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Archive for March 14th, 2017

Originally published in the Issaquah Press, March 14, 1990

Take a look at the elder Paul Kos’ huge, work-worn hands holding baby Paul and you could probably guess that the Kos family is a part of Issaquah’s coal mining history. This photo taken in 1908, shows Mr. Kos in his prime surrounded by his family (daughter Rose Kos Croston, wife Rose Kos, and sons Frank and Paul Kos). Photo courtesy of Paul Kos.

Take a look at the elder Paul Kos’ huge, work-worn hands holding baby Paul and you could probably guess that the Kos family is a part of Issaquah’s coal mining history. This photo taken in 1908, shows Mr. Kos in his prime surrounded by his family (daughter Rose Kos Croston, wife Rose Kos, and sons Frank and Paul Kos). Photo courtesy of Paul Kos.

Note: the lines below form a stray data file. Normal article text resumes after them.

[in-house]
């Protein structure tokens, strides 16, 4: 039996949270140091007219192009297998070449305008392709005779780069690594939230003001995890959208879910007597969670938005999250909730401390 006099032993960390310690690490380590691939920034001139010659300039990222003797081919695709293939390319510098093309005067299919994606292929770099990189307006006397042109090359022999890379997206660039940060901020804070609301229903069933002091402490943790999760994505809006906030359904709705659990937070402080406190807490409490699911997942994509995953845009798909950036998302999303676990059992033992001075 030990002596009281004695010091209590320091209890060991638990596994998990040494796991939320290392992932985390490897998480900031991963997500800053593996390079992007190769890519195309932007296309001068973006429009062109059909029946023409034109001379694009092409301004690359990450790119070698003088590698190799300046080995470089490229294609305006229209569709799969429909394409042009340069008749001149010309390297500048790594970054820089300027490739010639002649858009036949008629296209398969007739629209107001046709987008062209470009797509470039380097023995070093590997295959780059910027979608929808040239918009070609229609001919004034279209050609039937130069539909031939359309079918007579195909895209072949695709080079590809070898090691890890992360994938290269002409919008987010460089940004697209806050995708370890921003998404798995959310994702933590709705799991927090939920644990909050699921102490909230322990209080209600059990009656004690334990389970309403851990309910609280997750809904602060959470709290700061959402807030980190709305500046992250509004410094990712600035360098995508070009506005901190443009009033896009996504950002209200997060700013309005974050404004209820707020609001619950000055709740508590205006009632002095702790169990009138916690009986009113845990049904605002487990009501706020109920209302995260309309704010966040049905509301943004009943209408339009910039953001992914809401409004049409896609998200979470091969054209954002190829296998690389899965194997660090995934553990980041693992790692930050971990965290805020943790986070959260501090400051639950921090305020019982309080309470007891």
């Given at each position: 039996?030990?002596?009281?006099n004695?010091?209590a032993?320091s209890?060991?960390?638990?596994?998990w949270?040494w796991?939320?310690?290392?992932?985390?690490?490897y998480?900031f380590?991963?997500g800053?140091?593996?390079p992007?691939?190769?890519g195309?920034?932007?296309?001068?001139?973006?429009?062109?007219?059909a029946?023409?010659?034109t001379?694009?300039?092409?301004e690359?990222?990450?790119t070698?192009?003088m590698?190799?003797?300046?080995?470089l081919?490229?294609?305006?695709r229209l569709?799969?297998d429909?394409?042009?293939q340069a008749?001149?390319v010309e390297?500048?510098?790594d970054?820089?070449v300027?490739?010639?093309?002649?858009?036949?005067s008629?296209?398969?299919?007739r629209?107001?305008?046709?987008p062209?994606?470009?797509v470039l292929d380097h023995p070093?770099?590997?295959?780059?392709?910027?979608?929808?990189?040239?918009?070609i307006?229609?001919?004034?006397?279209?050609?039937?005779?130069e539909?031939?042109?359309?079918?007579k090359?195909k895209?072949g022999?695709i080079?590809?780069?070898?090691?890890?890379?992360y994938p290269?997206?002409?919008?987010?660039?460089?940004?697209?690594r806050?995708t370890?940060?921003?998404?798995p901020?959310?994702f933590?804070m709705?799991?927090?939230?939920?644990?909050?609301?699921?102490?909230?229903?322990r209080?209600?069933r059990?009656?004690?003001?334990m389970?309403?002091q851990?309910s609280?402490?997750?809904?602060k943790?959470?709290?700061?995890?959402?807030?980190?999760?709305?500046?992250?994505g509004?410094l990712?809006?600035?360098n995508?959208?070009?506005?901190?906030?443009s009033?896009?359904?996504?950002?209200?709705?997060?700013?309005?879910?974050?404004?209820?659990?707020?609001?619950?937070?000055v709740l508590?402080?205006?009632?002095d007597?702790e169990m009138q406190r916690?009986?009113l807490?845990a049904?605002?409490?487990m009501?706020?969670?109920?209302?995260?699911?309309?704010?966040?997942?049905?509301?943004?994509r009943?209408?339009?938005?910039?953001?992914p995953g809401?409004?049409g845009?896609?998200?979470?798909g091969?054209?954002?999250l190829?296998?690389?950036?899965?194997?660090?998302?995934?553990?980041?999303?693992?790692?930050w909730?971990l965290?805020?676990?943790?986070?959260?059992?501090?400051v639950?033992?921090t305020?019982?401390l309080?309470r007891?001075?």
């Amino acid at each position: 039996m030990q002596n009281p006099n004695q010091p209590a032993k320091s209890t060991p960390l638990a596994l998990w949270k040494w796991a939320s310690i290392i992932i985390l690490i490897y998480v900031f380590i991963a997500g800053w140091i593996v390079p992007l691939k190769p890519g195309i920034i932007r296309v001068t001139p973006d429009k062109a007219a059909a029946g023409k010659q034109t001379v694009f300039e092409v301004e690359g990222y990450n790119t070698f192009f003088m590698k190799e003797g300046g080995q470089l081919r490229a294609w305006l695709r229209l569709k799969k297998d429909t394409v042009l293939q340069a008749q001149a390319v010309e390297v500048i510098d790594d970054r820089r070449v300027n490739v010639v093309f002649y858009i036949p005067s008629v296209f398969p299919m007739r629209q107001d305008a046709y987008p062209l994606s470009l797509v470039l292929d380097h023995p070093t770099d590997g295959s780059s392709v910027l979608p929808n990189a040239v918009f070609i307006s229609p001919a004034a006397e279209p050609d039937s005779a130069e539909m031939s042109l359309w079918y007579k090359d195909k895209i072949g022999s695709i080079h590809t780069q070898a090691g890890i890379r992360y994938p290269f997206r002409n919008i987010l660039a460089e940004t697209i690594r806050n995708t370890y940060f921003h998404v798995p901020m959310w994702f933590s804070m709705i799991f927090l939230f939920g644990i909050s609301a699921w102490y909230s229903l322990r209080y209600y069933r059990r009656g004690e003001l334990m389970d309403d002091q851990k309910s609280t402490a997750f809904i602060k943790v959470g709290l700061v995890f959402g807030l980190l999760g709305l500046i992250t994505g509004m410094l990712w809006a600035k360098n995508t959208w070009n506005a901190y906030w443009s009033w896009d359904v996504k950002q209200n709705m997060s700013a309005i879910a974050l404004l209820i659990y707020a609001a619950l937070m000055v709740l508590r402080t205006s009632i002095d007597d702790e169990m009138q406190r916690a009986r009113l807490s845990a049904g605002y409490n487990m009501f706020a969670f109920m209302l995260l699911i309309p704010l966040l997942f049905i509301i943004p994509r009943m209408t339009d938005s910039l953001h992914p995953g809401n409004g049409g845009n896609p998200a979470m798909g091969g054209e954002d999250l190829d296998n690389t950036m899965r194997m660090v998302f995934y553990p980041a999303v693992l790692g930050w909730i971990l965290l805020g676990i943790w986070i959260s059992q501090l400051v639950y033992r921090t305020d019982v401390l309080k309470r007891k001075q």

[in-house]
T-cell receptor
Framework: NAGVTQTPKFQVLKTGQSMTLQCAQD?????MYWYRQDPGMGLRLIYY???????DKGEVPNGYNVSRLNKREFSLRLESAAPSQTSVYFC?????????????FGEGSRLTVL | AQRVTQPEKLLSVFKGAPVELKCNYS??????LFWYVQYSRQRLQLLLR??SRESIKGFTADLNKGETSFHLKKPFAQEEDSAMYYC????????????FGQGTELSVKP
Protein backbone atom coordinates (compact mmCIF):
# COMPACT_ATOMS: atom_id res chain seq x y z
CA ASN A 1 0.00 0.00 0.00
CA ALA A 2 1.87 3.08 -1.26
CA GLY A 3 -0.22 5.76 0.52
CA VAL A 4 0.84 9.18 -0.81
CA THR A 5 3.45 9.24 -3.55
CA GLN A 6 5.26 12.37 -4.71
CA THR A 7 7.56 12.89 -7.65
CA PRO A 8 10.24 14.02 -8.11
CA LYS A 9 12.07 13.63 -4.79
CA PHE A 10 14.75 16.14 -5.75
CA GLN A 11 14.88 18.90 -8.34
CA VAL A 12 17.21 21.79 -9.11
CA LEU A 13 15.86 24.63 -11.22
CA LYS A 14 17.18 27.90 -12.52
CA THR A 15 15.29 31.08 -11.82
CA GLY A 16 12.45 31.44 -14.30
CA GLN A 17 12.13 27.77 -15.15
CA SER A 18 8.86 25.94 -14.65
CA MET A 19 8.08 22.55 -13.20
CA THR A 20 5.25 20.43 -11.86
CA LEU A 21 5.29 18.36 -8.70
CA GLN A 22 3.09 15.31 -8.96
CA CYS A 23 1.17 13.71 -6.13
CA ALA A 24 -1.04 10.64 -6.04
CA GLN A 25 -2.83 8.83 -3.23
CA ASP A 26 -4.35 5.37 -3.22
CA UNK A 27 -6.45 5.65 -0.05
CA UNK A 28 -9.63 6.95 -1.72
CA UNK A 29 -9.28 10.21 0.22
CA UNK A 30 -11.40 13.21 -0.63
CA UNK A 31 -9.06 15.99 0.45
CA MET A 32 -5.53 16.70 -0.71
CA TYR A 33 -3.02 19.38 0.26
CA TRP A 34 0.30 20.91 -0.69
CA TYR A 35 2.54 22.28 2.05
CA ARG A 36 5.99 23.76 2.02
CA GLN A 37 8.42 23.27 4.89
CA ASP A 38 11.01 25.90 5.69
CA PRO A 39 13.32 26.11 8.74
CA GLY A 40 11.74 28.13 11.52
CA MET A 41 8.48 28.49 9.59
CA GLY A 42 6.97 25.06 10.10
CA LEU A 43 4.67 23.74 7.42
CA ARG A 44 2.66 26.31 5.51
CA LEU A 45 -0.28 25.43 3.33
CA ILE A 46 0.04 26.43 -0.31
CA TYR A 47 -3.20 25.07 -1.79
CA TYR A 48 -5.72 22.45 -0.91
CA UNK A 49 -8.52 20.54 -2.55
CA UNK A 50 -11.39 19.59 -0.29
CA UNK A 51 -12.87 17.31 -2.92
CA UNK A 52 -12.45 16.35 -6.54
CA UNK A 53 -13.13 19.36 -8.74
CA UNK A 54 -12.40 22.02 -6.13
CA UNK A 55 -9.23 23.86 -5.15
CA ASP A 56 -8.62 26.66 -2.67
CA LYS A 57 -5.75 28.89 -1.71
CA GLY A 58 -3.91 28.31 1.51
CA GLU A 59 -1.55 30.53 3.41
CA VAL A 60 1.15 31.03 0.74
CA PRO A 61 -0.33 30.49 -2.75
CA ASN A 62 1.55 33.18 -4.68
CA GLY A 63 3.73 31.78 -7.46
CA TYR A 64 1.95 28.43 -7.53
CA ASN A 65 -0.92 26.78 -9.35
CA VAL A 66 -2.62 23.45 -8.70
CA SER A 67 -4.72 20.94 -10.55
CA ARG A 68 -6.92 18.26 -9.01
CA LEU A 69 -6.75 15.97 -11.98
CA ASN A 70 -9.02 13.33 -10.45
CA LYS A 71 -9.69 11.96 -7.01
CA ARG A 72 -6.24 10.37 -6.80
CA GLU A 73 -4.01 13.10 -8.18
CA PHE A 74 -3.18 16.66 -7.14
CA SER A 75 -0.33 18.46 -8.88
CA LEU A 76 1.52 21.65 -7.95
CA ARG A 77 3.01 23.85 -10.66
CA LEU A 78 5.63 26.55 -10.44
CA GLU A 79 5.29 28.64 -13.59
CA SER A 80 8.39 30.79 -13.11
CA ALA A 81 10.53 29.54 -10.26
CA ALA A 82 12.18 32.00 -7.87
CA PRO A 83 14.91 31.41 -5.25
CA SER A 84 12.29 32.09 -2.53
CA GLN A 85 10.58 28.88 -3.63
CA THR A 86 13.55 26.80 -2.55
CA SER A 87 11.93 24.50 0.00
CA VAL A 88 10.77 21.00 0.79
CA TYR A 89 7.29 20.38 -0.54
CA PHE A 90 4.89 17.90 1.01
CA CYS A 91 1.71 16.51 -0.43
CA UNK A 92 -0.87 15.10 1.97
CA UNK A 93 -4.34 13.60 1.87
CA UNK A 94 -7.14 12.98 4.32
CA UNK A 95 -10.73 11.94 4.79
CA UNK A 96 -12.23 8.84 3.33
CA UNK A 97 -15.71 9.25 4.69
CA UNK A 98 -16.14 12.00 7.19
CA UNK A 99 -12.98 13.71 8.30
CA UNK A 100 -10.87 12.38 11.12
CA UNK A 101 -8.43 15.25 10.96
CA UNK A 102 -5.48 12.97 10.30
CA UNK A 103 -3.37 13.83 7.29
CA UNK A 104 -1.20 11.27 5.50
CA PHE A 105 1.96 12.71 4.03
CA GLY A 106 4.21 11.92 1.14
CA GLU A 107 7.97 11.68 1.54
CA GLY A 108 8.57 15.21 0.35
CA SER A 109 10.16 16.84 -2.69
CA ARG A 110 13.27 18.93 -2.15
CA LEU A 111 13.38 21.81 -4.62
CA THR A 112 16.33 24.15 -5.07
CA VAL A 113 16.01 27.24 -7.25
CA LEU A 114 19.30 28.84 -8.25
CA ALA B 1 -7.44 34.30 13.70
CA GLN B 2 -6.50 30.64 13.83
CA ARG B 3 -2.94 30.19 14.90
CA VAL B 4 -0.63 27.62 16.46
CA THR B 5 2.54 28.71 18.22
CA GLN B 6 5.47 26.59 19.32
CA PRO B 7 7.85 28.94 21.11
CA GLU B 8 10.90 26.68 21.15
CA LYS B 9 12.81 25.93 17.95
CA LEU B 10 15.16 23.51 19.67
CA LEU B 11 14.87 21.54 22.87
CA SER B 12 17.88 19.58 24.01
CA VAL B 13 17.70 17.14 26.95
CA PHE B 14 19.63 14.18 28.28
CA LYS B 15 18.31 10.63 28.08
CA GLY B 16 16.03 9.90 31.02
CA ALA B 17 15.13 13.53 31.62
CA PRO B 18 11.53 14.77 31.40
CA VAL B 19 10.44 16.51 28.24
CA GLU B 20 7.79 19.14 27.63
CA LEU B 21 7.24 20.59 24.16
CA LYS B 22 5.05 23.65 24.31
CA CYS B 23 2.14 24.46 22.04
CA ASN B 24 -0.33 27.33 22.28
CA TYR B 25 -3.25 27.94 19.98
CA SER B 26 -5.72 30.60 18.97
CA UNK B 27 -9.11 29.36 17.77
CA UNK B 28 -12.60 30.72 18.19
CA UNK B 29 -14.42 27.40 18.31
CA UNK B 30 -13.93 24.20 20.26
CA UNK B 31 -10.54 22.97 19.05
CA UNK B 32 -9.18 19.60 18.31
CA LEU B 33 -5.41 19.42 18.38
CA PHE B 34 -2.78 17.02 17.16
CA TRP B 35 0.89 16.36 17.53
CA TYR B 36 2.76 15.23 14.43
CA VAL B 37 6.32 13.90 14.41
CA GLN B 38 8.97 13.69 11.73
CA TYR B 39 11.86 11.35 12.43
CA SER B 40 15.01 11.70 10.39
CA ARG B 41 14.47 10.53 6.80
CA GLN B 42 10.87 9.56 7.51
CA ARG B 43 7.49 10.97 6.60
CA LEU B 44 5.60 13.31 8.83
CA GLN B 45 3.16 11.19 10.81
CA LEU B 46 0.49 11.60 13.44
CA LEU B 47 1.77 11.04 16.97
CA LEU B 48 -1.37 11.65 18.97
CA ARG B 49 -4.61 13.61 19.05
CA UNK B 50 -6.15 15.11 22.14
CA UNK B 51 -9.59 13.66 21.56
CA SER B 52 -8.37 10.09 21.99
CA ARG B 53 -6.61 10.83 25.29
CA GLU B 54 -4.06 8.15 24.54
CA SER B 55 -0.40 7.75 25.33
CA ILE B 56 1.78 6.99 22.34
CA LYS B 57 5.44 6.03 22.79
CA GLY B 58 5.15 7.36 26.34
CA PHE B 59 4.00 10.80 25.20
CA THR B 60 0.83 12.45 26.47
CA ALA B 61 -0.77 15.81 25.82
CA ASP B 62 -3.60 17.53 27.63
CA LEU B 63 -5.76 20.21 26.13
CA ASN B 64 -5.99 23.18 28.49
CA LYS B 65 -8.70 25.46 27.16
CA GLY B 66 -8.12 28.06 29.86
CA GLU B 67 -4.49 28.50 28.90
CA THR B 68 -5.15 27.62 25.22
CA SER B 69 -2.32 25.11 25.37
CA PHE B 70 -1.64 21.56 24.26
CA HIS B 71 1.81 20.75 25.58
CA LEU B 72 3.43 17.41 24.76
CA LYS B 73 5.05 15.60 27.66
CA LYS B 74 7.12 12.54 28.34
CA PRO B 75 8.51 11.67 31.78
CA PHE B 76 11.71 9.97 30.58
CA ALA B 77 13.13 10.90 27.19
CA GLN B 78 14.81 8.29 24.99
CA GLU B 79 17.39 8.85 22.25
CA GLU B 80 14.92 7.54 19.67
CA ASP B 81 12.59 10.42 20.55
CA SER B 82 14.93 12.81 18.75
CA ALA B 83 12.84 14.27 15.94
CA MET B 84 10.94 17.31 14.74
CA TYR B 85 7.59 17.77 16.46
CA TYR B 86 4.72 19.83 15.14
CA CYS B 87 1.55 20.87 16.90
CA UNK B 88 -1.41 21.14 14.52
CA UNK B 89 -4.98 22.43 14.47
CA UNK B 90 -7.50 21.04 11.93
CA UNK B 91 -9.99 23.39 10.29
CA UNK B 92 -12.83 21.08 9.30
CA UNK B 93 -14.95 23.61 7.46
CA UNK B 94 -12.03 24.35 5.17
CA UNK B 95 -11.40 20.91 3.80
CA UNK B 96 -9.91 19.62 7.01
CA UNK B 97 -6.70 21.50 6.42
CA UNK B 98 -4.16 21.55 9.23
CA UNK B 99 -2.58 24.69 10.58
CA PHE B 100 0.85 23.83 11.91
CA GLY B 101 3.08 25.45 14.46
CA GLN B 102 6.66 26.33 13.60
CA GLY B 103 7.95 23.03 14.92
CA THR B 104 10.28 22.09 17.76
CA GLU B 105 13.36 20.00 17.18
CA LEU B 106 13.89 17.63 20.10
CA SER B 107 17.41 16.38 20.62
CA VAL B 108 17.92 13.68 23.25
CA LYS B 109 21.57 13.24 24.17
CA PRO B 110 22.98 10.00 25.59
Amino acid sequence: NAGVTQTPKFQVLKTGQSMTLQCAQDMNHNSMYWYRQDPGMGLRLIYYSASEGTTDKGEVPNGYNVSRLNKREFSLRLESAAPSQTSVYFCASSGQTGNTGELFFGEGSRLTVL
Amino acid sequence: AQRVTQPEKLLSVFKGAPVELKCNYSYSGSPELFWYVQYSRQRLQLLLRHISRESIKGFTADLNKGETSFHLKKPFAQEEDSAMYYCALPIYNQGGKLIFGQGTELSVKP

Around the turn of the century, Paul Kos left his wife and family behind in Yugoslavia (then Austria-Hungary) to find a better life in America. He came to the coal mines in Ravensdale, south of Issaquah.

The first words Kos learned in English were “hurry up!” Working 10 hour-days for $2.50 a day it took him five years to save up enough to bring Rose and the two oldest children over.

In 1912, the family moved to Issaquah to take advantage of the town’s coal boom. Single miners lived in rooming houses or in the tent city along the creek, but the Kos family bought the “horseshoe” house at First Avenue NE and Bush Street. (more…)

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